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alcoholic or social drinker?
September 12, 2000
12:36 am
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dharma
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My husband drinks about three or four drinks a night (beers) and sometimes has a beer at lunch ( or two ) is this signs of alcoholism?
I cant stand the way he smells ( I dont drink )
I also dont like him drinking around our children

September 12, 2000
10:34 am
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Cici
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The maximum number of drinks a man is allowed per day is 4.

Alcoholism isn't defined by the number of drinks per day, though. It is a disease. For an individual to be alcoholic, they must be physically dependent on alcohol (usually they have tremors or shaking when they go without). Alcohol must interfere with their family and social life. Often alcoholics begin by being dependent on alcohol for social interactions. As the disease progresses they tend to become violent, abusive OR depressive (there are different types).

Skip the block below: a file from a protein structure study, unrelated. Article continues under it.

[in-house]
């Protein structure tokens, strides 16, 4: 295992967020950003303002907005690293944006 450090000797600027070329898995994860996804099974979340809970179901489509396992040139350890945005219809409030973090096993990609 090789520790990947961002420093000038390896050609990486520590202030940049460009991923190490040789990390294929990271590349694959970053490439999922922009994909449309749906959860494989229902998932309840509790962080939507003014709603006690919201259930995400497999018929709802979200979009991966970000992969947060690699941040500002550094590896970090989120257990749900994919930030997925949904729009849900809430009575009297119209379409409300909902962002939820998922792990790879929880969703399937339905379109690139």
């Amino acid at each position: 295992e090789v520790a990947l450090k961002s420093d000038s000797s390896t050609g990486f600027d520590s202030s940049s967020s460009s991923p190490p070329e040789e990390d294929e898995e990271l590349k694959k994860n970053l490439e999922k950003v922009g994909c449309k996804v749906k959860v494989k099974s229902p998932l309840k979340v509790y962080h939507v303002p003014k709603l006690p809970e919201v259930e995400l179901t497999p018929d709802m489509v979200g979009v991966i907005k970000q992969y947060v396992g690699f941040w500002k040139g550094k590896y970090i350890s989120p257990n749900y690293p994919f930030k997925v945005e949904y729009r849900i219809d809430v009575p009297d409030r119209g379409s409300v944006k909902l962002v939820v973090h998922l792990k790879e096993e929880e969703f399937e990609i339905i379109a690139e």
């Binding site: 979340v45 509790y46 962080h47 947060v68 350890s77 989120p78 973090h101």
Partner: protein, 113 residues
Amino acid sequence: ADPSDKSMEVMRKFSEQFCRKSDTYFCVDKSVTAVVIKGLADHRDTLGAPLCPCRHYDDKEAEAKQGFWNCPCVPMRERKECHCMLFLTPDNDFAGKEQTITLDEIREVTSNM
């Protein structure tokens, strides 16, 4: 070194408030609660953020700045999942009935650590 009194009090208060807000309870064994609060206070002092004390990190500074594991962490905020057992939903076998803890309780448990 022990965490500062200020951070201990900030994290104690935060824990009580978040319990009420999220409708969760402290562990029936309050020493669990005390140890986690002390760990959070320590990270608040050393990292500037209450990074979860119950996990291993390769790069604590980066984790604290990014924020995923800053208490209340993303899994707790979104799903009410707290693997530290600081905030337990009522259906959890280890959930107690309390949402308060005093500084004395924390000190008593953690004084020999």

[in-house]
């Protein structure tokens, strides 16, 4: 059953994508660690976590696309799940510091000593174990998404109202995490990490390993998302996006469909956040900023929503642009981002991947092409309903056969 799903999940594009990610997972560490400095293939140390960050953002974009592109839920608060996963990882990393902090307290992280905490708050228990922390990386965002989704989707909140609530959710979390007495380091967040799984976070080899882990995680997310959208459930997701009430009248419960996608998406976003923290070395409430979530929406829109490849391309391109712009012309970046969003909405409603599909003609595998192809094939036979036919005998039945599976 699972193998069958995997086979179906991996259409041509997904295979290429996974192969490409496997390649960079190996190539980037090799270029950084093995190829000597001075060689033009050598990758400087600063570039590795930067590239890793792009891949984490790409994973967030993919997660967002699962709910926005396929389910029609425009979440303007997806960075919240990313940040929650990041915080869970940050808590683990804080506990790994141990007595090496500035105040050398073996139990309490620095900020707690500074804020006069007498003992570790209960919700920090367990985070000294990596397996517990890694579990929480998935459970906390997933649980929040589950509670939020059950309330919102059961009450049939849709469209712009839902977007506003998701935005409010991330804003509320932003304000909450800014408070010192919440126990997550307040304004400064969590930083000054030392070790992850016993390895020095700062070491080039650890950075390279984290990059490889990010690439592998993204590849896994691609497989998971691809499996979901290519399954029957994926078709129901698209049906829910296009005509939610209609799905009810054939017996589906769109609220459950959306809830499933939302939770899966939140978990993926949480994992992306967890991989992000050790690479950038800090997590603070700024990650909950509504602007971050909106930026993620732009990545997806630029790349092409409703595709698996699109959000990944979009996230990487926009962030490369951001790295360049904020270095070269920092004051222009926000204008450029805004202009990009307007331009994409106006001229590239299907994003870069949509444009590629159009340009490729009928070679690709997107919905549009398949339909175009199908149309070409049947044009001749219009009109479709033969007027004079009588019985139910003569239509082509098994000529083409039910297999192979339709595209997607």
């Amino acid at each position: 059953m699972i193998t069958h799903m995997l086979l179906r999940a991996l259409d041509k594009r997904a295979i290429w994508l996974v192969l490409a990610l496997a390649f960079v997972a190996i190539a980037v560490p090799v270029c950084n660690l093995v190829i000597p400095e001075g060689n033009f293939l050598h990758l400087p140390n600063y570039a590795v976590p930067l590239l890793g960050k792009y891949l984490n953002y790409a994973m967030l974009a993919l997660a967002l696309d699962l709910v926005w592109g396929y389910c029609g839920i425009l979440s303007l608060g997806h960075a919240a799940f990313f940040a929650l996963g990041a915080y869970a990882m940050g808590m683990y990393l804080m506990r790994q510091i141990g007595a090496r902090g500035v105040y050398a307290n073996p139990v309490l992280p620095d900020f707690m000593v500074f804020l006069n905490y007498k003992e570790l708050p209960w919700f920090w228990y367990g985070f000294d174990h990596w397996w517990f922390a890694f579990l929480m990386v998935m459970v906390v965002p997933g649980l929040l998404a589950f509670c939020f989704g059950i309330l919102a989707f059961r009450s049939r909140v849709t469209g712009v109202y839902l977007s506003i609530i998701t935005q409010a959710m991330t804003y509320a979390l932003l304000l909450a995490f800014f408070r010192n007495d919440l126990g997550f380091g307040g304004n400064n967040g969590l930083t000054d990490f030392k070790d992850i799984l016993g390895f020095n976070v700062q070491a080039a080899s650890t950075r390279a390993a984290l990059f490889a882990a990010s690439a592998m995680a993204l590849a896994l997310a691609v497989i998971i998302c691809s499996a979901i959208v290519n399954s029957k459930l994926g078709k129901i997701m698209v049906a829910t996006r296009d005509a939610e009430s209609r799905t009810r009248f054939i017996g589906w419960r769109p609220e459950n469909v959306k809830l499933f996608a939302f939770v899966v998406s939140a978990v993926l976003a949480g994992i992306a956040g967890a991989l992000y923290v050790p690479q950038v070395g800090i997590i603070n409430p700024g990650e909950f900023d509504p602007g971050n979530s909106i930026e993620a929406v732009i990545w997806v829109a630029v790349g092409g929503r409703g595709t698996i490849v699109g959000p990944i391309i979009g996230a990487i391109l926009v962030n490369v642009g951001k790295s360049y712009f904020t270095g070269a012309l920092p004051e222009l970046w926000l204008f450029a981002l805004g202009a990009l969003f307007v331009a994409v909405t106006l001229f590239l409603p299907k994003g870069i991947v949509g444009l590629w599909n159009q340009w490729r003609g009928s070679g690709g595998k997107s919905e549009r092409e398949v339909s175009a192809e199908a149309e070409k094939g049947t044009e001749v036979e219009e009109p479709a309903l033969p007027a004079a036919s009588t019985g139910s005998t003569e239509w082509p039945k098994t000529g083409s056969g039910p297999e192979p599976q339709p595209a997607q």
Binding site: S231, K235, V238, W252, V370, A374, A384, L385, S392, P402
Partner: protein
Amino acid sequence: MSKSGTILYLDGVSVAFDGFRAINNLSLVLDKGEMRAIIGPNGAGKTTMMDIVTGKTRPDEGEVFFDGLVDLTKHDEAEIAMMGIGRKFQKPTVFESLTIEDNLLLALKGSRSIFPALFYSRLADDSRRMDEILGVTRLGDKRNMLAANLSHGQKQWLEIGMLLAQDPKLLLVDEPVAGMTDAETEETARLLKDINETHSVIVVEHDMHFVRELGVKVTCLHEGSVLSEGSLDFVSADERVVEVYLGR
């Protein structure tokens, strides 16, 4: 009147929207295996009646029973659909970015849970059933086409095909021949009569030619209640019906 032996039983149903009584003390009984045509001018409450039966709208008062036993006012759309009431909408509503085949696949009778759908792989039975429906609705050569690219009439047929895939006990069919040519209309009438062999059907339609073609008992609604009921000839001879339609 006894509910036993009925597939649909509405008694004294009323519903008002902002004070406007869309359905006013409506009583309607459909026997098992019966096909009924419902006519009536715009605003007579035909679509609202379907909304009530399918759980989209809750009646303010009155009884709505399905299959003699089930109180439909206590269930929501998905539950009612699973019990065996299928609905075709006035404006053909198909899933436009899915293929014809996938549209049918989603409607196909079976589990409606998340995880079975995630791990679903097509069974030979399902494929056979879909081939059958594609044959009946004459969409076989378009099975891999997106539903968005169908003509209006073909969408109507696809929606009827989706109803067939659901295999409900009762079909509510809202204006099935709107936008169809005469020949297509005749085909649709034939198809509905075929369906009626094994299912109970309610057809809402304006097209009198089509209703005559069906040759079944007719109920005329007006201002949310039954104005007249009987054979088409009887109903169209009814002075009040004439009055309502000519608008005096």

I lived with two alcoholic roommates for a few months. They drank to get drunk every night of the week, neither was able to keep a steady job, they often skipped class and even normal social interactino to sit at an old man's bar because teh drink swere cheap. They couldn't function without drinking first thing in the morning.

I don't drink myself, by my fiance drinks a few beers a night and I let him be. A good relationship doesn't involve control. As long as it isn't damaging your relationship (and this doesn't mean because he's doing something you dislike) and it's not interfering with the normal functioning of his life, let him be.

September 12, 2000
1:16 pm